For Pam Brown ’91, business manager at Community Software Group, the STEM event provided “an easy way to touch base with students, answer questions, and explore whether their skills are a good match for following up with an interview.”
Juniors and seniors were able to take advantage of the CCC’s annual Life After Clark Conference, which included workshops on Career Design, Strategies to Manage Job Search Anxiety, and Smart Finances After College, to name a few, and hosted an array of professional and alumni guest speakers. By pivoting to a four-day virtual event, the CCC tripled the number of alumni guest panelists and added three separate keynote speakers to the conference lineup, Flint says.
Overall, 346 distinct student participants attended virtual careers fairs during the 2020–21 academic year, with 978 unique employer-student connections made across all fairs. Out of 76 participating employers, organizations included NASA DEVELOP, Verité, Peace Corps, The Key Program, Hanover Insurance Group, eClinicalWorks, American Red Cross, Mass Trial Court, Mass Department of Environmental Protection, Amgen, GBH, Horizon Media, and Mass General Hospital.
“We adapted our entire office to virtual formatting, offering virtual advising and virtual events almost every week of the year, and encouraged virtual internships and projects,” Flint says. “While we look forward to working in person with students again and building those human connections, we plan to keep the benefits of virtual programming wherever possible.”
The CCC plans to keep virtual options for programming, including Life After Clark and the ClarkCONNECT Alumni Job Shadow Program, and will offer virtual events featuring alumni and employers who want to work with Clark students but are unable to visit campus.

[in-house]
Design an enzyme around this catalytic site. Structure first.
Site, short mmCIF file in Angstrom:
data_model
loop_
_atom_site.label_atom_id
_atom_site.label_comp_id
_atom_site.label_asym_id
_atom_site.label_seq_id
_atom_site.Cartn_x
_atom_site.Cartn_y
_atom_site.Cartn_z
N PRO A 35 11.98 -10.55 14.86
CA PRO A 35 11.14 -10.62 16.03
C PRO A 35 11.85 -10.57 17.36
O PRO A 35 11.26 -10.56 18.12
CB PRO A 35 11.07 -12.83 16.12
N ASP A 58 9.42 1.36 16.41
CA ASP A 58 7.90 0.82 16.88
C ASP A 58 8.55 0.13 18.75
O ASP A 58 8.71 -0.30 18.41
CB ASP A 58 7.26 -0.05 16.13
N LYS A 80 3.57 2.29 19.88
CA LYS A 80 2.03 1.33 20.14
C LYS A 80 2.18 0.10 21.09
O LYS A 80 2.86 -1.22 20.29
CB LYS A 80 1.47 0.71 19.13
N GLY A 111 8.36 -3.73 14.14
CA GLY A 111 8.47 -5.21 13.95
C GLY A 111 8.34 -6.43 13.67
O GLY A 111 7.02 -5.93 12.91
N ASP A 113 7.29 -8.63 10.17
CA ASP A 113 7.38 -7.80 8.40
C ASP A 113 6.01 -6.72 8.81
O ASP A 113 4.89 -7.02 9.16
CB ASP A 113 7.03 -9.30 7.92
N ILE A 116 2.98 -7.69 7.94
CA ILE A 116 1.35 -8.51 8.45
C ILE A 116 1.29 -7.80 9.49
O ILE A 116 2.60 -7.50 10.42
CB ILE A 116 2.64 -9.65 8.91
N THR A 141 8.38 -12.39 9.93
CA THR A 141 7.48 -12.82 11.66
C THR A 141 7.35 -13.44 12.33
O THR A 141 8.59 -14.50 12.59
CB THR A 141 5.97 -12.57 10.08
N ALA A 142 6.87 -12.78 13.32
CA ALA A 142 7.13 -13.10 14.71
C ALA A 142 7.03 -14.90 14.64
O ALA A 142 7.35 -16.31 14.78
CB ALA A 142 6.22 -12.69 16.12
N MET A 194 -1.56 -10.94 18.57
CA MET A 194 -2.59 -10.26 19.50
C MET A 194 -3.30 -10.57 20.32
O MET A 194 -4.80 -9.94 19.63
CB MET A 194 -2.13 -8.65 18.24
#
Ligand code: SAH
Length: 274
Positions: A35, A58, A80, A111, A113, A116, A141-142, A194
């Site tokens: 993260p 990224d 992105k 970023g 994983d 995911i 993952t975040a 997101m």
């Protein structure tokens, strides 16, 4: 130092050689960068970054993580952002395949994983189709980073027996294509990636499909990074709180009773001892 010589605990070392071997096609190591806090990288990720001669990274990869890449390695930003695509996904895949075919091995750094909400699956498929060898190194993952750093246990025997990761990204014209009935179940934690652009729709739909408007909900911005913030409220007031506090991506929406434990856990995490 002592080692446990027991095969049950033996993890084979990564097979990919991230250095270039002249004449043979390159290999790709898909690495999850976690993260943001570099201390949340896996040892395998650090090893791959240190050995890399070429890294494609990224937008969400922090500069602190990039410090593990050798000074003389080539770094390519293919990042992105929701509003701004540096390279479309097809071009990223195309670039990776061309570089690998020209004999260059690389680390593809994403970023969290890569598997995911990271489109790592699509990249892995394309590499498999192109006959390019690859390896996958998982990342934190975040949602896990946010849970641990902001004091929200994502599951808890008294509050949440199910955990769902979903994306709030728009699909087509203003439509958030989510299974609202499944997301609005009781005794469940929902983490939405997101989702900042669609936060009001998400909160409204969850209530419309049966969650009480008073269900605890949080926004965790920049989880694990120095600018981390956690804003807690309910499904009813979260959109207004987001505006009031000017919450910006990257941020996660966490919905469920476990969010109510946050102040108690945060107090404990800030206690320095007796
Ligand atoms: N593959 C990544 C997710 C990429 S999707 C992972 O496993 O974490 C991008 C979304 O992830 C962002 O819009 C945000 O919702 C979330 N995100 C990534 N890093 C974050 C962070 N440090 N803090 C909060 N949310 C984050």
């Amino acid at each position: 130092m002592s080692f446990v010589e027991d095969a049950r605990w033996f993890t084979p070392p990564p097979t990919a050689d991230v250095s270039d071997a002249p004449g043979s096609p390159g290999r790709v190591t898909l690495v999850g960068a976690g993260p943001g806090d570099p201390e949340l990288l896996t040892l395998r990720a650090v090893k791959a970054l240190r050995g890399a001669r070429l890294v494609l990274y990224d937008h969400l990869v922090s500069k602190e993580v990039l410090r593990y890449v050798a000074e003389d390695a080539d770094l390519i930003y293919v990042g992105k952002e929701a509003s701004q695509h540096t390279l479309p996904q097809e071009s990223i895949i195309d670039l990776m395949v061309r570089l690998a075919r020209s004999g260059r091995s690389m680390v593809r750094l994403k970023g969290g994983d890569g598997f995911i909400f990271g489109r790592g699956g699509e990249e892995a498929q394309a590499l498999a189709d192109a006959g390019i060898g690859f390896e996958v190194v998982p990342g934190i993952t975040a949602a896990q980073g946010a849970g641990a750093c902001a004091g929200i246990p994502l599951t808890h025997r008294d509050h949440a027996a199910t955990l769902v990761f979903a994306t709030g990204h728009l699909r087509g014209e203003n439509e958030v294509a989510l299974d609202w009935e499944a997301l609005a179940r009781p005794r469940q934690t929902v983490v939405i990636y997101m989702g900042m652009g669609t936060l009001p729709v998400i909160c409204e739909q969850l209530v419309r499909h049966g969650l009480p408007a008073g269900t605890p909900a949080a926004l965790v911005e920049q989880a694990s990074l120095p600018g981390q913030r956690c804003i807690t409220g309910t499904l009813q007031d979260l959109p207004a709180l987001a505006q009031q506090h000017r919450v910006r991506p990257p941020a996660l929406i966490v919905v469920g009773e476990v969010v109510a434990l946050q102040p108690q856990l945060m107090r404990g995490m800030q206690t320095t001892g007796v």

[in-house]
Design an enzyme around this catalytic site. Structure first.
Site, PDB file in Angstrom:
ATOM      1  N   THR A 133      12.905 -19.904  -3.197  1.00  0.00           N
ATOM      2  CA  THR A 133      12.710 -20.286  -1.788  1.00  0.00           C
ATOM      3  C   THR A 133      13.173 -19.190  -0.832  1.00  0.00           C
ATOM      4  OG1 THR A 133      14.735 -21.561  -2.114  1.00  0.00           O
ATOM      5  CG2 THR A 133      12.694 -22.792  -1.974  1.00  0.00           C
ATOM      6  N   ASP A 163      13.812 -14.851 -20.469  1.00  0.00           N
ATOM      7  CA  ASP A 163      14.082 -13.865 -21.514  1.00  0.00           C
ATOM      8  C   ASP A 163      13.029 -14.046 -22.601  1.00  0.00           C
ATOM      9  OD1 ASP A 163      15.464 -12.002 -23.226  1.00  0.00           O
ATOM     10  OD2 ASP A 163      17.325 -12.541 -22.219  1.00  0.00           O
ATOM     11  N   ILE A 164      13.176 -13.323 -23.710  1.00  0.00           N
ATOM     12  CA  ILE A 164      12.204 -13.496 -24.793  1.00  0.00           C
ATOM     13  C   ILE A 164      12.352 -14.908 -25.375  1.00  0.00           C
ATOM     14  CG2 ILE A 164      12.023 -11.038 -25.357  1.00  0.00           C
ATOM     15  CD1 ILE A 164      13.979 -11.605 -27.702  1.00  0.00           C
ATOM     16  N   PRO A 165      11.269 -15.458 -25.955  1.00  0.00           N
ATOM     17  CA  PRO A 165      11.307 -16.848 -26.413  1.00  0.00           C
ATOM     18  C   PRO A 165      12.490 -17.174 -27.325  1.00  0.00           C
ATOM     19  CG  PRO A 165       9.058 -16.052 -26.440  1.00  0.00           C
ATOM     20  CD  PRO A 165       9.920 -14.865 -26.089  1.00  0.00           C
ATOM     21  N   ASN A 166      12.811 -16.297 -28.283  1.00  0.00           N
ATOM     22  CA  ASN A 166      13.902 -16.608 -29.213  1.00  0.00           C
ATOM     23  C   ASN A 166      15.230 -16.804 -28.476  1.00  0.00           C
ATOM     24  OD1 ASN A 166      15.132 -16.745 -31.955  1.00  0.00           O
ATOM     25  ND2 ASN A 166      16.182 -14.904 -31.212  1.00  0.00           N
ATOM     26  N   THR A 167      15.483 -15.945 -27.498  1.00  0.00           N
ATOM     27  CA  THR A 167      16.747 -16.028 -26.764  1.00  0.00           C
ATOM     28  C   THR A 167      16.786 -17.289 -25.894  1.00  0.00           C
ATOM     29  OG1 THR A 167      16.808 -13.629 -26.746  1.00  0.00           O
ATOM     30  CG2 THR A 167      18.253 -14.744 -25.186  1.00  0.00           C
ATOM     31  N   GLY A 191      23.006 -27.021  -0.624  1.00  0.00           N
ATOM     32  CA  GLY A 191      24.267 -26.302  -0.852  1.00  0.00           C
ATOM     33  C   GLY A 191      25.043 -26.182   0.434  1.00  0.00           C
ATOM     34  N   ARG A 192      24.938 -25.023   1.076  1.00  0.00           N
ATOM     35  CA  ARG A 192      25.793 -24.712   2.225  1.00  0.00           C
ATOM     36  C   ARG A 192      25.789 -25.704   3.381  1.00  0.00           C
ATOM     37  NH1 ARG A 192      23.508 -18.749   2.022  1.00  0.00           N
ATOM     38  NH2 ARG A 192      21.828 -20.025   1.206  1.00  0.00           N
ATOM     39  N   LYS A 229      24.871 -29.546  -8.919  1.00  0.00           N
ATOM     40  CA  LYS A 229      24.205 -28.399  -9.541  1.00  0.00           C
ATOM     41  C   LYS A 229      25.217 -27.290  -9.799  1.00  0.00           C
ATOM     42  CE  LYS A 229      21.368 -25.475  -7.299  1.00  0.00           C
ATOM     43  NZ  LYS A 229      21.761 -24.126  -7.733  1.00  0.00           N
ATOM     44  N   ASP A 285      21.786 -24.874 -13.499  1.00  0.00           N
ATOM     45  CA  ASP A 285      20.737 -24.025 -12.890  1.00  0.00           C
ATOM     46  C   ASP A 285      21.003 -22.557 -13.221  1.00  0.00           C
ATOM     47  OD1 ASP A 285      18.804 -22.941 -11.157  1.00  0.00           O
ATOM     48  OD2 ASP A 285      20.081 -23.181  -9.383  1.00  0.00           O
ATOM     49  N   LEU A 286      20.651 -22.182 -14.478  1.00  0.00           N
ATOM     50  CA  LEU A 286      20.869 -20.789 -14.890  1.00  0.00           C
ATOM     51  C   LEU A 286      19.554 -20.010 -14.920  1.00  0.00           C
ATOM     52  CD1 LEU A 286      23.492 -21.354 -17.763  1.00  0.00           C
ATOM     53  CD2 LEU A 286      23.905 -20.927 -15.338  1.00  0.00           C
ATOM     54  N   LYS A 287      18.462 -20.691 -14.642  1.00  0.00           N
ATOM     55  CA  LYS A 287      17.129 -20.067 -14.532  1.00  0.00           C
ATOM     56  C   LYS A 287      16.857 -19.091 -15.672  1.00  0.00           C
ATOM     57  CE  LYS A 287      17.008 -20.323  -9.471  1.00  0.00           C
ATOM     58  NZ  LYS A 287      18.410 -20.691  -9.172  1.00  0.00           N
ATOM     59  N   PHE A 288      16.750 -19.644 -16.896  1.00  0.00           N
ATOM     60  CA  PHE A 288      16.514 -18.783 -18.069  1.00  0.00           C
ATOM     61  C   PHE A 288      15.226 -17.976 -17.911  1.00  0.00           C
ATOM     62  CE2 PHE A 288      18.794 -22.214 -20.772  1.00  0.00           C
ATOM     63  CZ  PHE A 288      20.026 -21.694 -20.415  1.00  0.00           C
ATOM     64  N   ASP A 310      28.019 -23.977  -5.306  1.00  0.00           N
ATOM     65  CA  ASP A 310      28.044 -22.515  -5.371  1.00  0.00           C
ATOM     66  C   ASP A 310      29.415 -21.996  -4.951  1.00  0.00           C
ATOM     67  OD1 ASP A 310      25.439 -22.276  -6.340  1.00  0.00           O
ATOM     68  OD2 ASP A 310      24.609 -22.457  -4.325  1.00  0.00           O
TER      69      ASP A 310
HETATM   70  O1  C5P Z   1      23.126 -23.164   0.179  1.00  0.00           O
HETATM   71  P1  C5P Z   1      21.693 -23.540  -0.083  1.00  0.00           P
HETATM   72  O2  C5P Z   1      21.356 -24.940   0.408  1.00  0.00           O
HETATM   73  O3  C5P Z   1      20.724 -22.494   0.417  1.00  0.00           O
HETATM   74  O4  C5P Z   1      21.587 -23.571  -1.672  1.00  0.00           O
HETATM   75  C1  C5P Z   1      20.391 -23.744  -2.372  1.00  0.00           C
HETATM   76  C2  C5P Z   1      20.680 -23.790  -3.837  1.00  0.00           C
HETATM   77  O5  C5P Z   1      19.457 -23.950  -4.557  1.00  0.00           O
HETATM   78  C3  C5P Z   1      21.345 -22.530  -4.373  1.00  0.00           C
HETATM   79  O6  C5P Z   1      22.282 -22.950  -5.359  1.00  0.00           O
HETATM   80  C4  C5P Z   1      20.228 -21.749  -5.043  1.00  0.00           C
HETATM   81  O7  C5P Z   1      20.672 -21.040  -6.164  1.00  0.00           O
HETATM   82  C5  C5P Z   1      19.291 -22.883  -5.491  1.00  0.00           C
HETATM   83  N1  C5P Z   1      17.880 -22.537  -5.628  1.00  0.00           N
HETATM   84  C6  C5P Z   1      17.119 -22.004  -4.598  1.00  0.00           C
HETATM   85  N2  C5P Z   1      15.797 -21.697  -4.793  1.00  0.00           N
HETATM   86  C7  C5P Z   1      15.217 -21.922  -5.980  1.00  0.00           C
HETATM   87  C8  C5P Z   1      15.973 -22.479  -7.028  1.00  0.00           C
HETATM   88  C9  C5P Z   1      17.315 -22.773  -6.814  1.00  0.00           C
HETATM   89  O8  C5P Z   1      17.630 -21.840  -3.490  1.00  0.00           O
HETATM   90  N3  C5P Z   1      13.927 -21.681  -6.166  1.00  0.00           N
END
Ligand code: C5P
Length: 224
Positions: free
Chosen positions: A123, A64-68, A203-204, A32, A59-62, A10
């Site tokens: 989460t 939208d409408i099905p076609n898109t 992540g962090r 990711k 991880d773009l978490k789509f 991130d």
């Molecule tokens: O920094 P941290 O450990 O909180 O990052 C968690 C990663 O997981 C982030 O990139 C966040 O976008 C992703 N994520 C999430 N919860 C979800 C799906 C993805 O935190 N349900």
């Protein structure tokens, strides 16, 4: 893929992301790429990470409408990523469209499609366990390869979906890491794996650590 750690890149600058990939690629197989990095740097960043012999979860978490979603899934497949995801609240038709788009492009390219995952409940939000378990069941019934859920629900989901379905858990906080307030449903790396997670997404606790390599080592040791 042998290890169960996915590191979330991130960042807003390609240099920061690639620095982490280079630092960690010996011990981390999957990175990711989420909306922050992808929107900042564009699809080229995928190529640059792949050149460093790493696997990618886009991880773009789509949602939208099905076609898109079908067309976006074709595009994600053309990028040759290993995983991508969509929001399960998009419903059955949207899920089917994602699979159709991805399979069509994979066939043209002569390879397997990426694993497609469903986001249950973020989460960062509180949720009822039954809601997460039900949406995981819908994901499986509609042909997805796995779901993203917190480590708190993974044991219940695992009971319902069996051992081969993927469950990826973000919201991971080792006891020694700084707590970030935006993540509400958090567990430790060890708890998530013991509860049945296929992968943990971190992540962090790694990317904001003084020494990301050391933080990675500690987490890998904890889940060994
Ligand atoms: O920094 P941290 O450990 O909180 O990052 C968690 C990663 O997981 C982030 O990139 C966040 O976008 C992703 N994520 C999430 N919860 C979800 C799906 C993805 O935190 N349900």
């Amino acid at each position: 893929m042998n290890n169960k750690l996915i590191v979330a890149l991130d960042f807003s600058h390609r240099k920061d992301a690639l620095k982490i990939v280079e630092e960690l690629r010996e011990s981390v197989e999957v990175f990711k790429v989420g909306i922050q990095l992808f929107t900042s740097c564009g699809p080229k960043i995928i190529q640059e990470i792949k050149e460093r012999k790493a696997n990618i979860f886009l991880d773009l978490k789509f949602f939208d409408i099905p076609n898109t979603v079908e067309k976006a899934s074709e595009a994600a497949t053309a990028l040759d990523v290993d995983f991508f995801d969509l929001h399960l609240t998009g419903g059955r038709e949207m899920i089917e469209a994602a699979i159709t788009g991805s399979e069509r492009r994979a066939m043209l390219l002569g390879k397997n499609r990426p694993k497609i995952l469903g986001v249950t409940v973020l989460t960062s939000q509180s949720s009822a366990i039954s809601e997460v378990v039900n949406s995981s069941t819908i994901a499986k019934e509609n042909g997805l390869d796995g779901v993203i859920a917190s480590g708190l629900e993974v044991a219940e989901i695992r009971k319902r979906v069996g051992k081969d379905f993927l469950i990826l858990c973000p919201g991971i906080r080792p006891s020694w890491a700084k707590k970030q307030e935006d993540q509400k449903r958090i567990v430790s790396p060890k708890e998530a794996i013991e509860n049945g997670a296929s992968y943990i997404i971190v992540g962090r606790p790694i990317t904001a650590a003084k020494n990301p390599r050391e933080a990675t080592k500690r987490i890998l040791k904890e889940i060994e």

This year, 109 students applied to the virtual Alumni Job Shadow Program, resulting in a 156% increase from last year’s student participation. As students struggled to find career-related opportunities in the wake of rescinded internship offers, hiring freezes, and limited openings, the program became a popular option for students seeking fully remote career exploration experiences.
Alumni stepped up to provide remote job shadow opportunities at organizations such as The Bill of Rights Institute, Boston Public Schools, USDA Forest Service, American Cancer Society, and the United Nations Institute for Training and Research.
In past years, Flint says, students were limited by geographic location when selecting an alumnus to shadow. The virtual format has eliminated that barrier and enabled the CCC to add more alumni hosts than ever before and double the number of participating students. The CCC, she notes, was incredibly grateful to have so many alumni volunteers make themselves available during a challenging year.
“We look forward to continuing virtual programming for the fall 2021 semester and offering a hybrid model of both virtual and in-person events aimed at supporting students’ career exploration goals and engaging students with employers and alumni from all over the world,” Harris adds.